Feet: Additional resources

Brought to you by the Terrific Scientific team

Why can't I grip with my toes?

Isn’t it strange how we can't use our toes to grip things, even though other apes can? And why do we have eyebrows?! Evolution has the answer to these and other questions you may have about the human body!

Click on the images to find out more.

How did we come to wear these shoes?

We wear shoes to protect our feet, keep them dry and, often, for fashion. Scientists think we’ve been wearing them regularly for at least 40,000 years, but no other animal wears anything on their feet!

Let’s have a look at some common styles.

Five things our bodies may no longer need

The human body is the result of millions of years of evolution. However, it isn't perfect - there are some parts that we've been left with but may not actually need any more.

Click the labels below to find out more about some of these.

How did camels evolve to survive in the desert?

In the 50 million years since its earliest ancestor appeared, camels have evolved to cope with harsh desert conditions that would kill most other animals. Find out about a camel's many extraordinary adaptations by clicking the picture below.

Amazing dancing animals

Animals use their feet and limbs in all sorts of unusual and astonishing ways.

Whether it is to attract a mate, find food or just move around their habitats, the movements of animals have a natural rhythm, timing and grace.

The short films below show a selection of amazing animal 'dances' - we've added some catchy music in case you fancy grooving along!

The pulsating lemur pogo

Sifakas are a type of lemur. They have highly flexible feet and a separate big toe, which they use to hold on to trees. Sifakas move by leaping from tree to tree and by hopping on the ground.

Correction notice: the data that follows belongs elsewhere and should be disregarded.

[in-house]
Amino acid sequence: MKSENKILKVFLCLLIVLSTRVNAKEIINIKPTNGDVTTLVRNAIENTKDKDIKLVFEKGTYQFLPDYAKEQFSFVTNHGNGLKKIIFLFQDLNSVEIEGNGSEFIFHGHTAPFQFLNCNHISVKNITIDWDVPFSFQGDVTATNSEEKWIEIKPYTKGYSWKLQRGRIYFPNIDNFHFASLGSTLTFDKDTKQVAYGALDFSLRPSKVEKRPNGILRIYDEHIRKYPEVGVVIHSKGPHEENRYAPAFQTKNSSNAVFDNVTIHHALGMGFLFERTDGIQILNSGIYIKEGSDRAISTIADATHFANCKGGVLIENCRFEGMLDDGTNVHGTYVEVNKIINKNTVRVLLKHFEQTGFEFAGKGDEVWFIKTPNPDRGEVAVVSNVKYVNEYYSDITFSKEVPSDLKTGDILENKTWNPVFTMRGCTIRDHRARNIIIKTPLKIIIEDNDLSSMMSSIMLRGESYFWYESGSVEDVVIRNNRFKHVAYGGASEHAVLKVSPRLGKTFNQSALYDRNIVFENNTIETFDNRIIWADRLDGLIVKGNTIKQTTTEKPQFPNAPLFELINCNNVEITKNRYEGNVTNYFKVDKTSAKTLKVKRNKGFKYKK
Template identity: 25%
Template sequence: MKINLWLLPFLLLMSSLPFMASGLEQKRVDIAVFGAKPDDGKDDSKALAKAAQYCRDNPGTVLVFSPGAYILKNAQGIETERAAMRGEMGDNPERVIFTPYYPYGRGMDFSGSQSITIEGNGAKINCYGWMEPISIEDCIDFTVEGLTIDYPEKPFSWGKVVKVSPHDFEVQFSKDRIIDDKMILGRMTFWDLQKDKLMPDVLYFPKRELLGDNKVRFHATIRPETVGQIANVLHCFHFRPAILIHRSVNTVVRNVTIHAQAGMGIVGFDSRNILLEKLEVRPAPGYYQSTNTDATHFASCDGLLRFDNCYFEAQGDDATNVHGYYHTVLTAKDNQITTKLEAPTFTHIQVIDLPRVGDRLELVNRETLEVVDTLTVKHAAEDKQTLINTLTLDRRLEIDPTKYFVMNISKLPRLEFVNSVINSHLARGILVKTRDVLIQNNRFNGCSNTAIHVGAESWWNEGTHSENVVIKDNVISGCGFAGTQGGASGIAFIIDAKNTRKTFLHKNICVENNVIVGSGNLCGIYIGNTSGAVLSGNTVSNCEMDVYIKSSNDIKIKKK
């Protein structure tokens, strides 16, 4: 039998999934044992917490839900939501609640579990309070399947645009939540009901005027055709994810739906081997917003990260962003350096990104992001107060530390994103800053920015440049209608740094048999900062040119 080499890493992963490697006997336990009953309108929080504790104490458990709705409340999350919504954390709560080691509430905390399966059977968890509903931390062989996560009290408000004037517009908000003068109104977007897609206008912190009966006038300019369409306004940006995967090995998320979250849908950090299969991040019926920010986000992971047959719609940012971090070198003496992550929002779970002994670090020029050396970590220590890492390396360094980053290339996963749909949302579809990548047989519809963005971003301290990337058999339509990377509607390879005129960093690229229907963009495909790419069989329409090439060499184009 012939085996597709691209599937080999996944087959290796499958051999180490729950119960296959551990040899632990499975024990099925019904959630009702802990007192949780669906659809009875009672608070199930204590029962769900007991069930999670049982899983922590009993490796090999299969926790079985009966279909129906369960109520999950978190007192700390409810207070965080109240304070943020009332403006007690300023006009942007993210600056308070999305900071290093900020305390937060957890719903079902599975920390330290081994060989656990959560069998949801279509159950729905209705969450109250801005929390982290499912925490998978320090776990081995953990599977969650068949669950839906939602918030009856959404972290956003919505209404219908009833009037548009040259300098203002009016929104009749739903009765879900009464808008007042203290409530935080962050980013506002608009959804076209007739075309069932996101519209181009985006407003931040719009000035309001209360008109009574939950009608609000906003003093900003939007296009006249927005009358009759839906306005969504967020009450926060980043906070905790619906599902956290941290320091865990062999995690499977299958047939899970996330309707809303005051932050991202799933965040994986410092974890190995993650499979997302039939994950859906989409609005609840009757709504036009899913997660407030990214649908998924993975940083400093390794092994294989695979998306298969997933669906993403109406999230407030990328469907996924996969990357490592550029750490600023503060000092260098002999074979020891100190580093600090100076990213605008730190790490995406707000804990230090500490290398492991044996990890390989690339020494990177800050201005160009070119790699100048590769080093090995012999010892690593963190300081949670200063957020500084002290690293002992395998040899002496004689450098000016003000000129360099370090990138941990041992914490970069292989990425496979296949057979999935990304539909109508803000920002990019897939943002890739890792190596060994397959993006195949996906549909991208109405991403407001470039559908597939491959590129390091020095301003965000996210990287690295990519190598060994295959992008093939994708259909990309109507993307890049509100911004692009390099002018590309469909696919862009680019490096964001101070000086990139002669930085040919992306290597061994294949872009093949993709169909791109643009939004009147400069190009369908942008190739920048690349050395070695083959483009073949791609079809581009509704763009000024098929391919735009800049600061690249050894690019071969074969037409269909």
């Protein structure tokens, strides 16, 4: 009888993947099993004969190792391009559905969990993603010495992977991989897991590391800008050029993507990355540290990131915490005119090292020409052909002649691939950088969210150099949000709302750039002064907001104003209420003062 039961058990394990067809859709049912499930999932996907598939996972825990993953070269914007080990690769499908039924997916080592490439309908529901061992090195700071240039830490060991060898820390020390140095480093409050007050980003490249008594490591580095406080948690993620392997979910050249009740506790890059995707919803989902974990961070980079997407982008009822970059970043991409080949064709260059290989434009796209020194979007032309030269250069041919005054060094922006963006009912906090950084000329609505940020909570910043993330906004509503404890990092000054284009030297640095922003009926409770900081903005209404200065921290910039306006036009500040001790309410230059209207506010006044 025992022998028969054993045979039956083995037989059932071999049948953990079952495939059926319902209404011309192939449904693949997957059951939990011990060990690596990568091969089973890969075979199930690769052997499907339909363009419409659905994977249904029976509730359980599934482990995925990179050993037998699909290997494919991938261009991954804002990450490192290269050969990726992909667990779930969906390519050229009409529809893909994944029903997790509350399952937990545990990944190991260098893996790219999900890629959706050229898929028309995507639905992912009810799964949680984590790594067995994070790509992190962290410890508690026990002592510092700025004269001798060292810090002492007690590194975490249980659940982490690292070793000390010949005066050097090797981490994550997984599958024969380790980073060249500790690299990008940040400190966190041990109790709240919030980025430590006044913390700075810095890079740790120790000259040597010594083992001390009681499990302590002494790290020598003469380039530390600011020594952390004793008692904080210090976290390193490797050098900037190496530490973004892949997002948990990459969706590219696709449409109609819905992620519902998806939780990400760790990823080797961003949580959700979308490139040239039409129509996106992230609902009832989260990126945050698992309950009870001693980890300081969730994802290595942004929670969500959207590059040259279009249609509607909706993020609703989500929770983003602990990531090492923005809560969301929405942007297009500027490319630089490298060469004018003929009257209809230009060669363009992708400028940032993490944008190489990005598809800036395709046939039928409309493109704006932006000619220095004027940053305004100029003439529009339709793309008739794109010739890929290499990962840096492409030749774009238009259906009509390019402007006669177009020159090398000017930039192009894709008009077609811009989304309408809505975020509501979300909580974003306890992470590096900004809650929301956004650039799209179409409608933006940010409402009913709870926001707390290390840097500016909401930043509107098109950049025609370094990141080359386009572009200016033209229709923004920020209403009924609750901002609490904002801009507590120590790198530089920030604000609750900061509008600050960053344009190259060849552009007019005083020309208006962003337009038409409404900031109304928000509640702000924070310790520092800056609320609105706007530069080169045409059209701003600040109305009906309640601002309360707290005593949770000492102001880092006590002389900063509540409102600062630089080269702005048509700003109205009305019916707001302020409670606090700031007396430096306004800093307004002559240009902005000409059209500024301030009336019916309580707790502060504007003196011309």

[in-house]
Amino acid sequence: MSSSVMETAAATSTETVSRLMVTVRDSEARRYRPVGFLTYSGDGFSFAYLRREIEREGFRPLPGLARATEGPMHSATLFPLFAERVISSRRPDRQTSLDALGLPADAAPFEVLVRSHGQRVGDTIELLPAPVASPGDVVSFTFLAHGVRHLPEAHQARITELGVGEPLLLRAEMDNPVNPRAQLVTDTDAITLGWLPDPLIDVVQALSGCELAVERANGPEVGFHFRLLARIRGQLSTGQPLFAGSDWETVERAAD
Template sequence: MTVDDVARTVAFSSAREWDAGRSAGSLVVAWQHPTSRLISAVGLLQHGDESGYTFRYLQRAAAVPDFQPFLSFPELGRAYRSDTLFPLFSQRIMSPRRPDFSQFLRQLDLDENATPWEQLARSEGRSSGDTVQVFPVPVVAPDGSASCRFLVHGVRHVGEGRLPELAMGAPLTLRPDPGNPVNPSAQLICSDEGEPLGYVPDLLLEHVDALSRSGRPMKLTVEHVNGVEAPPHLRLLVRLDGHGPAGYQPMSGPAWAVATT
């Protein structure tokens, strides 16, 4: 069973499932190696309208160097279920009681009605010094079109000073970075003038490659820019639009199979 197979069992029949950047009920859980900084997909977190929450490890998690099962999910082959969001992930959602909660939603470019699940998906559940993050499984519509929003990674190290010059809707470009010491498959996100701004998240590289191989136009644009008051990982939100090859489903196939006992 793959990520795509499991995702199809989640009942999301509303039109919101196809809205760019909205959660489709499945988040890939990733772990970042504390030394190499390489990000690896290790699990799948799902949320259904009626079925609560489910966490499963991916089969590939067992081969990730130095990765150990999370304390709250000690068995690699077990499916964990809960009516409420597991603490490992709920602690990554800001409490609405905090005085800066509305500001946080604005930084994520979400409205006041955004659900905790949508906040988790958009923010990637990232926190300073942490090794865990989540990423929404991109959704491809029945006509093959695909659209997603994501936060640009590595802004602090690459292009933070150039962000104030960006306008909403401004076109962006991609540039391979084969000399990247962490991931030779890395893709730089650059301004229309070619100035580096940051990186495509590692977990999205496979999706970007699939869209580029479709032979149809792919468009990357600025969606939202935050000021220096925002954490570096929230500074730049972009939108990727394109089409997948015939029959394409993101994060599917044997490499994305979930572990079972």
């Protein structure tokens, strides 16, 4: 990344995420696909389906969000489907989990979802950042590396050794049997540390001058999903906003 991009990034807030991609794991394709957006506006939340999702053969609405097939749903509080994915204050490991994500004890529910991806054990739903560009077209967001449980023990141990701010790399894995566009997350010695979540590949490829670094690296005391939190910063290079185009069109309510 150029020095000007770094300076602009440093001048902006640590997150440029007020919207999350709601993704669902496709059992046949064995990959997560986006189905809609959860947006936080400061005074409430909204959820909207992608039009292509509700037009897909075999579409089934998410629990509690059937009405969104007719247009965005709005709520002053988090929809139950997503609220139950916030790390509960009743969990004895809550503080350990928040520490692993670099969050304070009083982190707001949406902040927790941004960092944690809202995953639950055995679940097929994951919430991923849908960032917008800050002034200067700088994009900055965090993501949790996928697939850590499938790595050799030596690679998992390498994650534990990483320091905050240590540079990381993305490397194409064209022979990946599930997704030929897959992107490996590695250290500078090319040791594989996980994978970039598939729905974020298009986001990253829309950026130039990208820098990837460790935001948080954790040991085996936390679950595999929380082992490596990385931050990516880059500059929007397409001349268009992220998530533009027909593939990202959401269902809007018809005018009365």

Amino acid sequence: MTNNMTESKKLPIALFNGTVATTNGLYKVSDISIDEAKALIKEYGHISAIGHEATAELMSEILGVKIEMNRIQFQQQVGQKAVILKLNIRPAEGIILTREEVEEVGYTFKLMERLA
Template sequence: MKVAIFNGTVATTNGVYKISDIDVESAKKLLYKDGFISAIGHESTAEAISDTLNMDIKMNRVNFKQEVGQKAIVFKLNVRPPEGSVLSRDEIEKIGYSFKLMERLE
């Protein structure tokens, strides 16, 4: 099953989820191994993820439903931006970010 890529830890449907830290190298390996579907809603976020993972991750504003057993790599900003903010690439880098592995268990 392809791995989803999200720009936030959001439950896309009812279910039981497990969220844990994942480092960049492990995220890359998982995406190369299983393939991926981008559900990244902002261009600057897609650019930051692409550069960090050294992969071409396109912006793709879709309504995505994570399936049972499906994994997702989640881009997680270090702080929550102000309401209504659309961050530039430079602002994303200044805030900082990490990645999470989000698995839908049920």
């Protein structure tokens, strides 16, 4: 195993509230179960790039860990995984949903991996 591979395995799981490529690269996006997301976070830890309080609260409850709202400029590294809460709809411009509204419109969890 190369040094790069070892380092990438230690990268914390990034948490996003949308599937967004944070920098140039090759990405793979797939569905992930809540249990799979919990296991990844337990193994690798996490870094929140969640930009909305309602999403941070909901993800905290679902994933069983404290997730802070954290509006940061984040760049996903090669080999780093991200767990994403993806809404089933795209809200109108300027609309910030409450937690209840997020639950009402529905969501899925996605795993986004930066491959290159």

From the BBC series Madagascar - 3/3 Land of Heat and Dust

The freezing polar bear fandango

Polar bears have large paws, which distribute their weight across the ice to stop it from breaking. The soles of their feet are covered in bumps to help them grip. Polar bears’ feet have webbed toes so that they can swim in the water.

From the BBC series Nature's Great Events - 1/6 The Great Melt

The maritime lizard merengue

Basilisks are able to run on the surface of water. They travel upright across the water using their two hind legs. Their large feet have fringes around the toes and help spread the lizard's weight across the water and support it when it runs.

From the BBC series Life - 2/10 Reptiles and Amphibian

The coruscating shrew conga

Common shrews use their strong feet to dig burrows. They must eat constantly and hunt insects and many other invertebrates, and baby shrews even accompany their mother on hunting expeditions to catch their food.

From the BBC series The Life of Mammals - 2/10 Insect Hunters

Where can you track down extinct animals?

Many weird and wonderful animals lived in the UK before becoming extinct. Despite their apparent disappearance, you can still track them down today if you know how.

Click on the picture below to find out!

Feet - Teaching resources
Feet Investigation - Classroom presentation